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Inpatient Deaths Fell 8 Percent in Last Decade

WEDNESDAY, March 27 (HealthDay News) -- The number of inpatient hospital deaths declined by 8 percent over the last decade, although the total number of hospitalizations increased by 11 percent during the same period, according to a March data brief issued by the U.S. Centers for Disease Control and Prevention's National Center for Health Statistics (NCHS).

Margaret Jean Hall, PhD, from the NCHS, in Hyattsville, Md., and colleagues analyzed data on hospital deaths from 2000 to 2010 using the National Hospital Discharge Survey.

The researchers found that, although the number of inpatient hospital deaths fell by 8 percent from 2000 to 2010 (from 776,000 to 715,000), the number of total hospitalizations increased by 11 percent. A quarter of inpatient deaths were for patients 85 years and older. Hospital death rates fell for most causes but increased by 17 percent for septicemia. In 2010, patients who died in the hospital stayed an average of 7.9 days, while the average stay for all patients was only 4.8 days.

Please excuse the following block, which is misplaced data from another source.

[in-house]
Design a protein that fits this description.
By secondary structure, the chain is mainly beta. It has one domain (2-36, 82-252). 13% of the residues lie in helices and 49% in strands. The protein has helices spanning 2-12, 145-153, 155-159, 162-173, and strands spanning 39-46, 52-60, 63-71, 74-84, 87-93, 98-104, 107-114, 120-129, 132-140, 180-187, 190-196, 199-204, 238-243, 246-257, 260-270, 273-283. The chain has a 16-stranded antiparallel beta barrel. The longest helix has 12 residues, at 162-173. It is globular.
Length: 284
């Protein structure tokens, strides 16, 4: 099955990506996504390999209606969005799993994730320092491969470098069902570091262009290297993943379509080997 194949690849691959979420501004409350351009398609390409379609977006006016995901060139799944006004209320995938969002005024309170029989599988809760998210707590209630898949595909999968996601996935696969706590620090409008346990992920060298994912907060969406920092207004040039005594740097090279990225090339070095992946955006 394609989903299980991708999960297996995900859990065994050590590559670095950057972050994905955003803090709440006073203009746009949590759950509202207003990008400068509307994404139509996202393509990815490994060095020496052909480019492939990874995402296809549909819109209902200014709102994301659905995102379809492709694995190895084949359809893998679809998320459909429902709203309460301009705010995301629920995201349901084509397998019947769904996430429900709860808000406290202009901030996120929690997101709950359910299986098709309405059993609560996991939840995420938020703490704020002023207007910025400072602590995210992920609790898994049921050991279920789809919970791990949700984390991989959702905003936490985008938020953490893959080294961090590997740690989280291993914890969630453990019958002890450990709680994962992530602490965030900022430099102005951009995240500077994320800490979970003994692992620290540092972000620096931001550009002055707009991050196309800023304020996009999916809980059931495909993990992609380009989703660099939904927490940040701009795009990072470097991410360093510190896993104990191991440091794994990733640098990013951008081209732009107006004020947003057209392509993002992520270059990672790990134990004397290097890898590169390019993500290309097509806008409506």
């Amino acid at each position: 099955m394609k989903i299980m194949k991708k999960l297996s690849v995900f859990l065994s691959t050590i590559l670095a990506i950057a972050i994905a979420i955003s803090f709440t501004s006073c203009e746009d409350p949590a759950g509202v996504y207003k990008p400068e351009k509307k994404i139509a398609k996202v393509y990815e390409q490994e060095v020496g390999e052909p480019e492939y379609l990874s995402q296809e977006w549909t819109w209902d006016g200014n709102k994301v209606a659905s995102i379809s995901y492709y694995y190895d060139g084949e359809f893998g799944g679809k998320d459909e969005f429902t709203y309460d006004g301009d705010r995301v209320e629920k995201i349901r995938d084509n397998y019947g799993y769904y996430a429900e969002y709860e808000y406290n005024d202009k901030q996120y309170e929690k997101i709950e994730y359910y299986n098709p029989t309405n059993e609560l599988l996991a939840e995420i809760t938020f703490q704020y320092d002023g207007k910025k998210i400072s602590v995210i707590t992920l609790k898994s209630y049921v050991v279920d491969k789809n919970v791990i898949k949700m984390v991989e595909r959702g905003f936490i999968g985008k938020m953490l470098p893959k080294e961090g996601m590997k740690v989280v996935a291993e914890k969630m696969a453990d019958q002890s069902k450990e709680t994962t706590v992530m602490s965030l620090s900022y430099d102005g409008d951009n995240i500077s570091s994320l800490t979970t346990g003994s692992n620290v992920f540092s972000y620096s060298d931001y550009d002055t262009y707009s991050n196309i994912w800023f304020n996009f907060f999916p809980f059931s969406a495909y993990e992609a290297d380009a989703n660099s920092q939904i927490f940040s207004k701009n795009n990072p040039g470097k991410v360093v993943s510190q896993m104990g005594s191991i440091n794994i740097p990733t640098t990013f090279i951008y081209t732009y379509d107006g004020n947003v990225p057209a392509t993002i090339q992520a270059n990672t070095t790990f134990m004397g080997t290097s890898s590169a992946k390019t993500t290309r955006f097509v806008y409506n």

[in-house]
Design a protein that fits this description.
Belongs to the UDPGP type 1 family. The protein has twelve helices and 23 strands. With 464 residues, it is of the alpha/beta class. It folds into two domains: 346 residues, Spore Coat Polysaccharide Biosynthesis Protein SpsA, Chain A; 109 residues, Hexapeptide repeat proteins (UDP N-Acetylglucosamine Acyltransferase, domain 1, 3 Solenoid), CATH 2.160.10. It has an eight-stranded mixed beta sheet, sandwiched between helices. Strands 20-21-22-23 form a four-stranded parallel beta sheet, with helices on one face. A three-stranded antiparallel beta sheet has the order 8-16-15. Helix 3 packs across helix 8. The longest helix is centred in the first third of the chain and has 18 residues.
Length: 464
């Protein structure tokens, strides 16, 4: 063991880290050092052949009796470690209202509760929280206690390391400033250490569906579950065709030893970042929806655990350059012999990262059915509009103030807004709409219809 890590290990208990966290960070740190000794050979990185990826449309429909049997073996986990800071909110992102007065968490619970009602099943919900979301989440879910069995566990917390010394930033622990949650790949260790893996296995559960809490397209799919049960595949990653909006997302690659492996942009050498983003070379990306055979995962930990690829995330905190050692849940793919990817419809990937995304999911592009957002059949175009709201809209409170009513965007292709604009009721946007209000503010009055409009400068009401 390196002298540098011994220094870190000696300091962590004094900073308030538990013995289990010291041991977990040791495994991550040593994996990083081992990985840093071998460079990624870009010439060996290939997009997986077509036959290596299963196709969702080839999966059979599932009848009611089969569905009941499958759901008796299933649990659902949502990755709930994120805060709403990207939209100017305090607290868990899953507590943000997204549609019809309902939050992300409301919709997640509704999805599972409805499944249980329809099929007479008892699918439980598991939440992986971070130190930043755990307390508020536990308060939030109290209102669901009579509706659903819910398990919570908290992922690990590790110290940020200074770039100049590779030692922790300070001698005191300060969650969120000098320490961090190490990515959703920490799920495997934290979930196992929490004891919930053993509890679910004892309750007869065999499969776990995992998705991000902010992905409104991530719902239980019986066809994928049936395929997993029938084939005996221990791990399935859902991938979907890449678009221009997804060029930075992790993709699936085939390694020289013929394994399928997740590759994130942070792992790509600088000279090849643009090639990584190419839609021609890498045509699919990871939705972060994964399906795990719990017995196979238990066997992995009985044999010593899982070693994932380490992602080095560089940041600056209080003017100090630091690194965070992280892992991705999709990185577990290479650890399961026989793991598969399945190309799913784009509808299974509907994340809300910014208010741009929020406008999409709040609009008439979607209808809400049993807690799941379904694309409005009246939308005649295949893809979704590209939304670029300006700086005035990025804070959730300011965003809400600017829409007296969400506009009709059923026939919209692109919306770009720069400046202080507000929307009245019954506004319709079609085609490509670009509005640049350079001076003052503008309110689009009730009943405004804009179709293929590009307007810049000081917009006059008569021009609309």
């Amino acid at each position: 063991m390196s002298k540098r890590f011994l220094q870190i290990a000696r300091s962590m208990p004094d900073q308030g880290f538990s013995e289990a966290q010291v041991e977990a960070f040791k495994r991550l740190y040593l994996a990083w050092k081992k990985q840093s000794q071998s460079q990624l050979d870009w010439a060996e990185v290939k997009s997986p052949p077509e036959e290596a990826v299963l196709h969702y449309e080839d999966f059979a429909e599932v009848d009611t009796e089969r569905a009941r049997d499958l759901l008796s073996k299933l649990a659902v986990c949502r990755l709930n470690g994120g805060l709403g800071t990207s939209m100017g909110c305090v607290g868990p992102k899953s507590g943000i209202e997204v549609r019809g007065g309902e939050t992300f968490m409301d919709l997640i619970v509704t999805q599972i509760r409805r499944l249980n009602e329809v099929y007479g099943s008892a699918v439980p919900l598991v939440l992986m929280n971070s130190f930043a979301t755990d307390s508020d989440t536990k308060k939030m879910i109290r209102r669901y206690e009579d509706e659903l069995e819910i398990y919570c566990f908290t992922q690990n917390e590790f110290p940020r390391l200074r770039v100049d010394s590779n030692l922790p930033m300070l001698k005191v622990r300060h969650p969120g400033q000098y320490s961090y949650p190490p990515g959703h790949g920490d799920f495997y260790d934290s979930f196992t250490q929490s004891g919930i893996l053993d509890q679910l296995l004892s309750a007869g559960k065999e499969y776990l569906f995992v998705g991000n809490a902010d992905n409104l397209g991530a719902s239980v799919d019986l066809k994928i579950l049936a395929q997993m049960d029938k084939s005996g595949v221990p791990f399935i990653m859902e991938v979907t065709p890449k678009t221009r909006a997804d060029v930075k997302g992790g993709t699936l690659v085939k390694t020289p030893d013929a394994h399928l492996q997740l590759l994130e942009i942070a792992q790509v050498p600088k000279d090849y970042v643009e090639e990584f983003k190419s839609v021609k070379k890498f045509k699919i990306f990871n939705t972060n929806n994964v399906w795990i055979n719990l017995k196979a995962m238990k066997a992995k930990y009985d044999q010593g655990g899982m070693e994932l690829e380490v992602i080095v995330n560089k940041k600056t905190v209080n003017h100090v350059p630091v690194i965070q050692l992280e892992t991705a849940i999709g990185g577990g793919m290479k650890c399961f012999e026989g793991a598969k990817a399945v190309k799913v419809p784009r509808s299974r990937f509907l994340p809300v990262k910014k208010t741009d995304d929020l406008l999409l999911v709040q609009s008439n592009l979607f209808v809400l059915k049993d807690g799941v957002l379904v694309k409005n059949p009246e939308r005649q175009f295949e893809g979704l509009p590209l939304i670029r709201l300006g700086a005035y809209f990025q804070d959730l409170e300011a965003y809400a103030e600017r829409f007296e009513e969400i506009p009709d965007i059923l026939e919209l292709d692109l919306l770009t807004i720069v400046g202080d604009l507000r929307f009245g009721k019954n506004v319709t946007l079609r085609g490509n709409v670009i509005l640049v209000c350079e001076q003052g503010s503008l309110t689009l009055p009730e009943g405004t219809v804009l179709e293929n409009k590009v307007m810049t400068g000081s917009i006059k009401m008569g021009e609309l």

"The number of patients who died in the hospital in the years 2000 to 2010 decreased, as did the rate of hospitalizations ending in death, but there were still over 700,000 patients who died in the hospital in 2010," Hall and colleagues conclude.

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